A personal theory is that there are a lot of complex and interwoven factors at play here, but one big one is the presence of Wake Forest University in Winston-Salem. The university, and in particular it’s medical school, has been a partner with the city and local companies as the city moved away from it’s traditional tobacco manufacturing base toward a “knowledge economy” with a niche in the area of medical research. Starting over 20 years ago Winston-Salem’s civic and business leaders recognized the need to re-position the city’s economy and Wake Forest played a significant role in those plans. The results are plain to see in the city’s Innovation Quarter, which is booming and is primed for exponential growth over the next 10-15 years.

30 miles to the east Greensboro actually has more schools, including NC A&T and UNCG, but they don’t seem to have had the same effect on the city’s economy. Yet. We’re starting to see much more activity there, including the Union Square Campus that recently opened and is already bearing economic fruit for the city and there’s PLENTY of potential for even more growth. As long as the city’s leaders continue to keep their eye on the ball there’s a very good chance this will happen, as it has in other college towns.

This article in the Wall Street Journal has a lot of data showing how cities in the US that have strong colleges, especially those with research programs, have recovered from the decline in the manufacturing sector over the last two decades. Here’s an excerpt:

A nationwide study by the Brookings Institution for The Wall Street Journal found 16 geographic areas where overall job growth was strong, even though manufacturing employment fell more sharply in those places from 2000 to 2014 than in the U.S. as a whole…

“Better educated places with colleges tend to be more productive and more able to shift out of declining industries into growing ones,” says Mark Muro, a Brookings urban specialist. “Ultimately, cities survive by continually adapting their economies to new technologies, and colleges are central to that.”…

Universities boost more than just highly educated people, says Enrico Moretti, an economics professor at the University of California at Berkeley. The incomes of high-school dropouts in college towns increase by a bigger percentage than those of college graduates over time because demand rises sharply for restaurant workers, construction crews and other less-skilled jobs, he says.

And here’s the money quote as it relates to local economic development efforts:

Places where academics work closely with local employers and development officials can especially benefit. “Universities produce knowledge, and if they have professors who are into patenting and research, it’s like having a ready base of entrepreneurs in the area,” says Harvard University economist Edward Glaeser.

Let’s hope our local leaders take full advantage of what our colleges have to offer, for all of our benefit.

A Letter to Some of My Recently Smug Conservative Friends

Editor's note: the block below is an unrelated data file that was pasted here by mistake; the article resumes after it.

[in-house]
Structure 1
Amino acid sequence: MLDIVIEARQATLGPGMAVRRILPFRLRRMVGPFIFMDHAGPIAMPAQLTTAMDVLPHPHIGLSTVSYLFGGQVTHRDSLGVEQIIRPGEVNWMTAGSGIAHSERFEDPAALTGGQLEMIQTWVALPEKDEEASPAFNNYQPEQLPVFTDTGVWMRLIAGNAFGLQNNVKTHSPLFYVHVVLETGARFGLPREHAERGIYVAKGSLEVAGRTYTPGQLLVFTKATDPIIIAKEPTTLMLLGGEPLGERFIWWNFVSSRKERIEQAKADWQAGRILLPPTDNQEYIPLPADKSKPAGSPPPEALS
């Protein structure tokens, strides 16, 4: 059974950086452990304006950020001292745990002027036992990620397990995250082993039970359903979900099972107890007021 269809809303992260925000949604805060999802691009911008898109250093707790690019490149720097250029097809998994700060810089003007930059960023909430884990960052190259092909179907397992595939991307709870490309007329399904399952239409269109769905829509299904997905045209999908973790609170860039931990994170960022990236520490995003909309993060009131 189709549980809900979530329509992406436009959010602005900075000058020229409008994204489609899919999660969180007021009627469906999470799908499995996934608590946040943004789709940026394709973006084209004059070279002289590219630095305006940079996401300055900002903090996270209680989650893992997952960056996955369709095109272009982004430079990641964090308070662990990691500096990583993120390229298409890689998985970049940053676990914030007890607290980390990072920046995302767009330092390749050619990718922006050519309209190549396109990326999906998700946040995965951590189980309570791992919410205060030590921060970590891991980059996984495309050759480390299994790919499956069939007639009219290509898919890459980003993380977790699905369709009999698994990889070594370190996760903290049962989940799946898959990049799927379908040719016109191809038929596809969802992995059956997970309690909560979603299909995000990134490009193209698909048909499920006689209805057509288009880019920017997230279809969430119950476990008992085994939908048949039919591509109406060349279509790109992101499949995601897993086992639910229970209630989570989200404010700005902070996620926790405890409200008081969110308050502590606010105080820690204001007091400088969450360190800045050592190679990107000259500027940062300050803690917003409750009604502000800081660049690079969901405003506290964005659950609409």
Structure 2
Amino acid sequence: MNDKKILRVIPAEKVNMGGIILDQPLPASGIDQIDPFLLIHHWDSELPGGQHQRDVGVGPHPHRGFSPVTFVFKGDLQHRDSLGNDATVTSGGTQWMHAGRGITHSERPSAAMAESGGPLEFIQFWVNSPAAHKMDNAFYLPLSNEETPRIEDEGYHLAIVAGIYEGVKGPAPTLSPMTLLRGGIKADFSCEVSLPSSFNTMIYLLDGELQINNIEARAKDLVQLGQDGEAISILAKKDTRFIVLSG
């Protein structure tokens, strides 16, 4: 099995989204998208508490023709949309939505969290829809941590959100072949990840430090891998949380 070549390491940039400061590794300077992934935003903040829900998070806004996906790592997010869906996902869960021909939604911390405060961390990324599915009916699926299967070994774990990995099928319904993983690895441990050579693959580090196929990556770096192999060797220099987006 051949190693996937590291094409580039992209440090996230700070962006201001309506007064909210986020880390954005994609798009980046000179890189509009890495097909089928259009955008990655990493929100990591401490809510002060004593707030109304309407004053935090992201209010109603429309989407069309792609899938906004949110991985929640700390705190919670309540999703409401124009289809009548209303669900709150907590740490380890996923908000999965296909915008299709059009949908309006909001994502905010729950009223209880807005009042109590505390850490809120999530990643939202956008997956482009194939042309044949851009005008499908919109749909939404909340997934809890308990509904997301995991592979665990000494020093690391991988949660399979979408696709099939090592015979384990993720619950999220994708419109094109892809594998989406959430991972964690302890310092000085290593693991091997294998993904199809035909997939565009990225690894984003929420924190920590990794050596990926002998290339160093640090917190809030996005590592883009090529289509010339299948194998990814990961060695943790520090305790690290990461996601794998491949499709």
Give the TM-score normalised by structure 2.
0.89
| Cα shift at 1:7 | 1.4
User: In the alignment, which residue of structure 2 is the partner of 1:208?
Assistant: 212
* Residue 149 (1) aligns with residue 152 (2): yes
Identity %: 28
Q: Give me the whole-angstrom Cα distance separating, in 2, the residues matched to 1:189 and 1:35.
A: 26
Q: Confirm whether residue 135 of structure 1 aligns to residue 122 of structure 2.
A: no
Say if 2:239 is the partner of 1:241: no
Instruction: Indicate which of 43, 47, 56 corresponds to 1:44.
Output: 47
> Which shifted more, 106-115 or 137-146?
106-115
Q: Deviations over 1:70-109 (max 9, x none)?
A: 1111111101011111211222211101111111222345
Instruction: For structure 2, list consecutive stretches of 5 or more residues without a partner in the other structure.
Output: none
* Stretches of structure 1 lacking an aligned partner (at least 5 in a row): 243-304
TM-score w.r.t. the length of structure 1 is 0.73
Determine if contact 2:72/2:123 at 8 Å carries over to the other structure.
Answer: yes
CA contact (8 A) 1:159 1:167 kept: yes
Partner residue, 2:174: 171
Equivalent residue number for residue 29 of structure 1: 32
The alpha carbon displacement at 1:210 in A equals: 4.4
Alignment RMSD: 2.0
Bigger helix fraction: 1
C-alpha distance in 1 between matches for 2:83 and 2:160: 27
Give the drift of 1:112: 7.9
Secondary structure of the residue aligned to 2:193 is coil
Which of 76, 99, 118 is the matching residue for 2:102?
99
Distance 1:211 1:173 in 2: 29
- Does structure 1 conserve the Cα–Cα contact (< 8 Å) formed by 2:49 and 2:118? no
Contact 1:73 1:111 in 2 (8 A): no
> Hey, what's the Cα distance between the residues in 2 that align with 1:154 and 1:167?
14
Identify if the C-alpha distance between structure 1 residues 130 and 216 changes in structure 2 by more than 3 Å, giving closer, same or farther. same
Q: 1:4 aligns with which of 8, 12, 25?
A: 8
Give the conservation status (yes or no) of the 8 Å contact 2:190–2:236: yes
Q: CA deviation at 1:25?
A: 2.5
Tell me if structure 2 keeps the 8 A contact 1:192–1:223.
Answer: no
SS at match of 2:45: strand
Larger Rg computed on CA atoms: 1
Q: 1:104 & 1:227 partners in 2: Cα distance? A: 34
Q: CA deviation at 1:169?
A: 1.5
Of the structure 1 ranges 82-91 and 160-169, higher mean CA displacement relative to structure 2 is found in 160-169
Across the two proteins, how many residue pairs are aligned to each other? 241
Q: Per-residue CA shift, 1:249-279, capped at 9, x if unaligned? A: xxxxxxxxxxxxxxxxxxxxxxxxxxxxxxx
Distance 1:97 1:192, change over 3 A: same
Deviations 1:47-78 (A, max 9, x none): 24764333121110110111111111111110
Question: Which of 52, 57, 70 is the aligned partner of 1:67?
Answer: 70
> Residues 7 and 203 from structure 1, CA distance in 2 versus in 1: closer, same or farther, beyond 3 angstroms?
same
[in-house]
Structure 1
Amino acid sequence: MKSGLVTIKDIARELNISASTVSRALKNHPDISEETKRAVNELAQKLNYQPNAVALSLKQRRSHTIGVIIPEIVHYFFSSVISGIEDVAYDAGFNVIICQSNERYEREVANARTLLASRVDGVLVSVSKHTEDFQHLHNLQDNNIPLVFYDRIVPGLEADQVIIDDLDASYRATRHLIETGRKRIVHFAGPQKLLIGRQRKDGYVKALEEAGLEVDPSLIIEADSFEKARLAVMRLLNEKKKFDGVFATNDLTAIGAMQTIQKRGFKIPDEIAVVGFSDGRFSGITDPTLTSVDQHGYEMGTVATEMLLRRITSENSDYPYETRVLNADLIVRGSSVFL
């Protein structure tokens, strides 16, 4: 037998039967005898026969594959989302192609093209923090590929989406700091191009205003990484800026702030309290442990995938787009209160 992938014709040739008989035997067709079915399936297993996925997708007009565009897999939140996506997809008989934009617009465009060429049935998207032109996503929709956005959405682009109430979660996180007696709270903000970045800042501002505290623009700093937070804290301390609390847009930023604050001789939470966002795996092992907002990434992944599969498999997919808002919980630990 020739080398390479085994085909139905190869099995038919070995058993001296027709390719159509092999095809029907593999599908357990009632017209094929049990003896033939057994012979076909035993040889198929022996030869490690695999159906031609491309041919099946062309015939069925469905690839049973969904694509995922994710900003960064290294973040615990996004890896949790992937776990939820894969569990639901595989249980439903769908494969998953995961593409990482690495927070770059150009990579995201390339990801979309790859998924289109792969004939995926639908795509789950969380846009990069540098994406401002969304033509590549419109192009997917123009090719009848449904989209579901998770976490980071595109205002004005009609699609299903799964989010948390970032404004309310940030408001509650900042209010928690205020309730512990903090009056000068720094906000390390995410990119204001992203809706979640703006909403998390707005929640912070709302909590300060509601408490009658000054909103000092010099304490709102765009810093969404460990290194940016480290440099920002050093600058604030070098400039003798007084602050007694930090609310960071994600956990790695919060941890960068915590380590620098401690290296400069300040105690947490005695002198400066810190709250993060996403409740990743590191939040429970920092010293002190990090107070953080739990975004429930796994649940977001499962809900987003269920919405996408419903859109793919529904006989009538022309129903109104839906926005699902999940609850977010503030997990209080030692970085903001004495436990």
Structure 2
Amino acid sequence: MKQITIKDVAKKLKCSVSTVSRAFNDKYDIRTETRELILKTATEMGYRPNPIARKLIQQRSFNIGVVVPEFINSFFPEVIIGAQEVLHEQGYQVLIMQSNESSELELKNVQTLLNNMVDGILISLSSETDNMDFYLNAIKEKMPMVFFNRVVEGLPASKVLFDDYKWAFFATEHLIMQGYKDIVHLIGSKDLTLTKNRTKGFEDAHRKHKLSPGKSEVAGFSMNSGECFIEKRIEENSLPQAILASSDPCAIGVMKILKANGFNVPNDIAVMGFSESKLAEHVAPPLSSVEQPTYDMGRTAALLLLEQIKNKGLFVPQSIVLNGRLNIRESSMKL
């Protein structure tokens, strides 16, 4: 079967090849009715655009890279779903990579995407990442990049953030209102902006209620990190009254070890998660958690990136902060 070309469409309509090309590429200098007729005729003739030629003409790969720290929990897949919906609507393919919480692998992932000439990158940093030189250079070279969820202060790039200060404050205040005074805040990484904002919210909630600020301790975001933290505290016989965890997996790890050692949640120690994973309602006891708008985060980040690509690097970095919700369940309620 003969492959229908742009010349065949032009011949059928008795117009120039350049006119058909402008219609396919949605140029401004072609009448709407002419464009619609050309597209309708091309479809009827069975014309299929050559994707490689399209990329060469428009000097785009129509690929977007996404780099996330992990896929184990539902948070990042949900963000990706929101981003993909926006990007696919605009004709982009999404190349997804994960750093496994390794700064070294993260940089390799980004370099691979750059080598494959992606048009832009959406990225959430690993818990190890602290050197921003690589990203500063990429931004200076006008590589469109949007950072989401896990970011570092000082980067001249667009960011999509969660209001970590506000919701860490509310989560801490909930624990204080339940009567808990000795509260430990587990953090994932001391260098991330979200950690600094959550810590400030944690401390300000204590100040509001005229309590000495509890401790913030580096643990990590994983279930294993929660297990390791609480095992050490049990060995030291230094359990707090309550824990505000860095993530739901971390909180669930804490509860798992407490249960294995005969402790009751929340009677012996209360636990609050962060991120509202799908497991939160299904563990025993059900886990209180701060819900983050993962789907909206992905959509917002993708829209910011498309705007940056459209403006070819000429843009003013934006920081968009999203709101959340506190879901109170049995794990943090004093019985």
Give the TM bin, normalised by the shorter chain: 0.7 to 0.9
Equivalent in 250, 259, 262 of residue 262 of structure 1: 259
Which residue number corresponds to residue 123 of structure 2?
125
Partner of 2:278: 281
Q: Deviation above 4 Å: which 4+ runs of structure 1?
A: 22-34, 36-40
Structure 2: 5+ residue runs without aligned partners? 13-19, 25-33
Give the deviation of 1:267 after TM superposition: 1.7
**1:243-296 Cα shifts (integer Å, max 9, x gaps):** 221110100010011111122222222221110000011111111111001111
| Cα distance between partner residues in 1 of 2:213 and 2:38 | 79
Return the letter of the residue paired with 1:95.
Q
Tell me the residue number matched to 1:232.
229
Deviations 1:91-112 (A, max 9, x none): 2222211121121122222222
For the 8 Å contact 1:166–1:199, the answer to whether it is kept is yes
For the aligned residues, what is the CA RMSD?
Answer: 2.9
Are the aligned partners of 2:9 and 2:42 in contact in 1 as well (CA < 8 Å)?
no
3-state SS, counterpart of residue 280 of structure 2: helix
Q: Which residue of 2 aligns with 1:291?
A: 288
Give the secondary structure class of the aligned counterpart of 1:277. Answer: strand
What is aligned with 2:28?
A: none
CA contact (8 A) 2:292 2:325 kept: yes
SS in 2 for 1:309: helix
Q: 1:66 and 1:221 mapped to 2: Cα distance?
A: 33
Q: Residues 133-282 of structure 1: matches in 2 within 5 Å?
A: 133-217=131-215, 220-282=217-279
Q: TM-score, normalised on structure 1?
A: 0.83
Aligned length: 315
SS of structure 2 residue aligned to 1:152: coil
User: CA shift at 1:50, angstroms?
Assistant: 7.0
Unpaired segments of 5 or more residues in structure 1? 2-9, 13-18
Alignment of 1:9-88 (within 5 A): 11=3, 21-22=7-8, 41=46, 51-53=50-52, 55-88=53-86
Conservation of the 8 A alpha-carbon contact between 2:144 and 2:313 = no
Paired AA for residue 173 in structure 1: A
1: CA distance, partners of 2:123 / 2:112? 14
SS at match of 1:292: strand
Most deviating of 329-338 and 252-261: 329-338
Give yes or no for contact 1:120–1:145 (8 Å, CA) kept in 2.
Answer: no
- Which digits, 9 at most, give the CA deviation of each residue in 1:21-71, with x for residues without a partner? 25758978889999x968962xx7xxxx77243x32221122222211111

Dear Recently Smug Conservative Friends,

I get it. You’re feeling pretty satisfied. After eight years under the reign of progressive terror that defined the Obama era your time has come. The progressive agenda, what with its political correctness, high taxation, misguided health care reform and redistribution of wealth to the seemingly lazy and undeserving is finally being confronted by reality. Almost as importantly, those friends and family who for almost a decade have smugly derided your conservative values as antiquated and out of touch now have to face the reality that there are a LOT of people out there who think like you do. Together you’ve elected the most improbable candidate ever, Donald Trump, to the office of the President of the United States, and on top of that have returned a Republican House and Senate and an almost unbelievable number of state legislatures and governors office to the red side of the aisle. Yep, your side has spoken and loudly proclaimed that conservatism is thriving in these United States.

You’re elated and, yes, feeling a little smug. After suffering through ten years of liberal policies and holier-than-thou attitude, the place you call home suddenly feels more like your own neighborhood. And honestly how can the liberals seem so surprised that Trump would win after putting forward a candidate who lies, deceives and acts so,so, so pompous? Yes, I get it. In fact I’m more than sympathetic because I too got tired of being told by progressives that they knew better than me, that their policies were the One Way to make our country great. I can only imagine how tempting it must be to turn up your nose at them and declare that this country has spoken and it’s gonna be run your way and they can just stick their ideas where the sun don’t shine.

But here’s the problem. Many of you are making a grievous mistake by thinking that the election of a highly flawed, and I would argue dangerous, candidate is a free pass to completely dismiss the more liberal citizens in our midst. I’m not talking about your Facebook posts deriding liberals for backing “Killary” (which by the way is pretty juvenile), or your insistence that liberals just accept Clinton’s loss and stop whining about it after you spent eight years whining about Obama, or your calls to put protesters in jail. Those displays of public disagreement are as American as apple pie and a cherished right we should always defend.